AFRICA & THE MIDDLE-EAST
SUB-SAHARAN AFRICA’S GENERATION CAPACITY GAP
Of the three regions surveyed in Climatescope, sub-Saharan Africa has by far the least installed generation capacity per capita, highlighting severe shortages and massive unmet demand (Figure 1). In all, the 19 Climatescope countries in the region had a total installed capacity of just over 86GW in 2015, 4.6GW of which are renewables. By comparison, the United Kingdom has over 90GW of total capacity installed and the US over 1,000GW installed.
Among sub-Saharan nations, South Africa is the outlier. The country has 845MW of installed capacity for every million inhabitants. It is also home to more than half of the regional Climatescope countries’ total capacity and renewable capacity, with 43.7GW and 2.6GW, respectively. Annual capacity additions in sub-Saharan Africa are quite uneven due to the relatively small size of the region’s power systems. In fact, the commissioning of a single project or two can have major impact on the region’s overall figures for a year (Figure 2 and Figure 3). This explains what would otherwise appear to be a significant slowdown in solar projects commissioning in South Africa, which dropped from 909MW in 2014, a record year for new solar thermal plant connections, to 101MW in 2015. Ethiopia, which commissioned 150MW of onshore wind in 2015, nearly doubling its cumulative wind capacity since 2010, is second only to South Africa in terms of new installations. Kenya’s geothermal sector consolidated its standing as a global leader, adding 58MW and raising total installed capacity for the technology to 740MW at the end of 2015.
Hydro, large and small, is the carbon-neutral source of electricity on which the continent currently relies most, with just under 20GW of capacity installed, 671MW of which is in South Africa. The overall reliability of generation fluctuates with the availability of water resources and the condition of hydro generators, which is often poor. The average capacity factor for hydro projects in the region stood at 53% in 2015 – far below typical hydro capacity factors, which can top 80%. In countries suffering from drought conditions, capacity factors can be much lower. In Zambia, for instance, hydro accounts for 95% of installed capacity but droughts have meant that, at best, only a third of that capacity was available in 2015.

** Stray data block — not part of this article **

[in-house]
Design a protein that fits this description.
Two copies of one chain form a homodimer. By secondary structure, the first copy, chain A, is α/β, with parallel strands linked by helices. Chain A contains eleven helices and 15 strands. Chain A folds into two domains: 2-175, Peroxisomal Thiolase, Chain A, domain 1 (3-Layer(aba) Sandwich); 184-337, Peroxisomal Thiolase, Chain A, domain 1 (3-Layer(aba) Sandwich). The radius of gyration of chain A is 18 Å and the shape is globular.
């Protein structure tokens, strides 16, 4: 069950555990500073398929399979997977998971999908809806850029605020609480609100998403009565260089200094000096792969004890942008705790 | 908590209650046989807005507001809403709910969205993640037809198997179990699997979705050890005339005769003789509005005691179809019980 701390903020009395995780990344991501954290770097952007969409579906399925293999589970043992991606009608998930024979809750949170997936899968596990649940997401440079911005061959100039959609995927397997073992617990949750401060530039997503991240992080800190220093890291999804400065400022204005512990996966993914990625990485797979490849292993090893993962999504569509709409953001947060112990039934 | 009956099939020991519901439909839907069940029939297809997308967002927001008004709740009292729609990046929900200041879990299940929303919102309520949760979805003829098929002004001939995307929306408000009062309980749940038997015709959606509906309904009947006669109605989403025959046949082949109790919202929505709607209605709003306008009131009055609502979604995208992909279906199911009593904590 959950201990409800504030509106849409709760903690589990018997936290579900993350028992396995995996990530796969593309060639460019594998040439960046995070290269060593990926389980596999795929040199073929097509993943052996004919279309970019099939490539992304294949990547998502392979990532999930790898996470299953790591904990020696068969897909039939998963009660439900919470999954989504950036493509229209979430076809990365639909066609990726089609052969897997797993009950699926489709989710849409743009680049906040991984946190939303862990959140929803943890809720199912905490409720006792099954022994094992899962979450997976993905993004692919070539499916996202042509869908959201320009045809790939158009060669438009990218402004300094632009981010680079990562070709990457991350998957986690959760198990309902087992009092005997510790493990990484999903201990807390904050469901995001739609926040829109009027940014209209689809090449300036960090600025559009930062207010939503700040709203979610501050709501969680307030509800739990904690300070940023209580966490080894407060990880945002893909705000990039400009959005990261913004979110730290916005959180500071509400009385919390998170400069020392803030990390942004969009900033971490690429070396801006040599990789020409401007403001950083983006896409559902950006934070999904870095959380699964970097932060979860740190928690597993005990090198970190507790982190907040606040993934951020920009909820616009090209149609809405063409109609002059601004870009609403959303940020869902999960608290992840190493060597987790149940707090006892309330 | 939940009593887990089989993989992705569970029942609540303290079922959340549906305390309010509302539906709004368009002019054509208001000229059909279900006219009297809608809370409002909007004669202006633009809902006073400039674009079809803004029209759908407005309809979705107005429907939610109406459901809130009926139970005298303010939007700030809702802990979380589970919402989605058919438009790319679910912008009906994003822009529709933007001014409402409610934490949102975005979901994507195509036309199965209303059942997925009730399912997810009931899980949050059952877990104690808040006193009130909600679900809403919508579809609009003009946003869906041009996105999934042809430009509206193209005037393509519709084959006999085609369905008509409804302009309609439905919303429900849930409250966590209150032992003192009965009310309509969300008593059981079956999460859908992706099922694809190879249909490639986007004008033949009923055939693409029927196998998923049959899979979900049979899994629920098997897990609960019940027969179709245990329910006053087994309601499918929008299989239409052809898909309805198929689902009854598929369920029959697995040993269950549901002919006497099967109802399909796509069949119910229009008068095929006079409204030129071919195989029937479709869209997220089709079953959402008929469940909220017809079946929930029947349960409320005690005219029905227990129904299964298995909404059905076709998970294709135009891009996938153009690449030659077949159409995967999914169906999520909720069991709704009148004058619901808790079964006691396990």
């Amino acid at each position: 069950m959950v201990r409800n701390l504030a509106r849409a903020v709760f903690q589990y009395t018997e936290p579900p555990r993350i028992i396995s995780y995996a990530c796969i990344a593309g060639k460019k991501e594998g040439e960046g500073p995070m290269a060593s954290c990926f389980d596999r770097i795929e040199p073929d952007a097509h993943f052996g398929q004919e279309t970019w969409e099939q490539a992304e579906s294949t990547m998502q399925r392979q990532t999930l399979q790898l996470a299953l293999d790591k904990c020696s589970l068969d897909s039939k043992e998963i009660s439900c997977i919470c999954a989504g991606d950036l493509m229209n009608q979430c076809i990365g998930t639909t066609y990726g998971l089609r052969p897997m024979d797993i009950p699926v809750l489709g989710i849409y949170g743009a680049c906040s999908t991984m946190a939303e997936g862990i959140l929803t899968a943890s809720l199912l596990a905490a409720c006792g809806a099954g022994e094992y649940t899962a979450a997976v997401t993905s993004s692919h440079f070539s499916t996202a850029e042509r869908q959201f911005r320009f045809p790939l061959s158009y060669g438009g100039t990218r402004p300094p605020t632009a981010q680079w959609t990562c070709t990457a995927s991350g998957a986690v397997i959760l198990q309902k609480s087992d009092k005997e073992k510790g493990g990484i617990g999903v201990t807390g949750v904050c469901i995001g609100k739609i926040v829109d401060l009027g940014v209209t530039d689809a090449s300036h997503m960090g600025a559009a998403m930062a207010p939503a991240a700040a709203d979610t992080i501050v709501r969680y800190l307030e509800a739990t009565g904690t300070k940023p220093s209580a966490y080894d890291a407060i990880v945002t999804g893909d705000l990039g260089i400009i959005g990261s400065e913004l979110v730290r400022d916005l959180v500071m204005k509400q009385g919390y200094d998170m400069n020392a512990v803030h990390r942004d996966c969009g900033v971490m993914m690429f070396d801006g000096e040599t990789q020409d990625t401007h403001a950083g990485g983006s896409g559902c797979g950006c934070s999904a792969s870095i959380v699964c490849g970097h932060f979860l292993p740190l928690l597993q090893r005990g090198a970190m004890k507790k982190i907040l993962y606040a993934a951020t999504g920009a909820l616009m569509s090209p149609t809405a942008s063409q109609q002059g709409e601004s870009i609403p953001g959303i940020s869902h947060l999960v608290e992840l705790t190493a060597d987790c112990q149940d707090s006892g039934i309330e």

CLEAN ENERGY INVESTMENTS AND THE RISE OF SOLAR
Clean energy investment across sub-Saharan Africa nearly doubled from 2014 to 2015, rising to $5.2bn (Figure 4 and Figure 5). This was largely due to a strong performance from South Africa, where investment recovered from $1.3bn in 2014 to $4.1bn in 2015, closer to the record levels seen in 2012 and 2013. South Africa’s landmark deal in 2015 was the $1.1bn 100MW solar thermal Ilangalethu Karoshoek Solar Valley project. Other significant deals included three onshore wind farms and a solar PV portfolio, each financed for $200-400m. These deals confirmed South Africa’s status as one of the world’s top investment destinations for clean energy.
Seven other African countries reviewed in Climatescope attracted new investment in 2015. The $316m financing of the 100MW Kipeto onshore wind farm in Kenya’s was another record-breaking deal for the country following the conclusion of the $859m Lake Turkana wind project financing in 2014. Ghana, Senegal and Uganda enabled Sub-Saharan Africa to post an all-time record year for new asset finance in the solar PV sector outside of South Africa. Together, they attracted a combined estimated $160m in investment for 110MW of solar PV projects.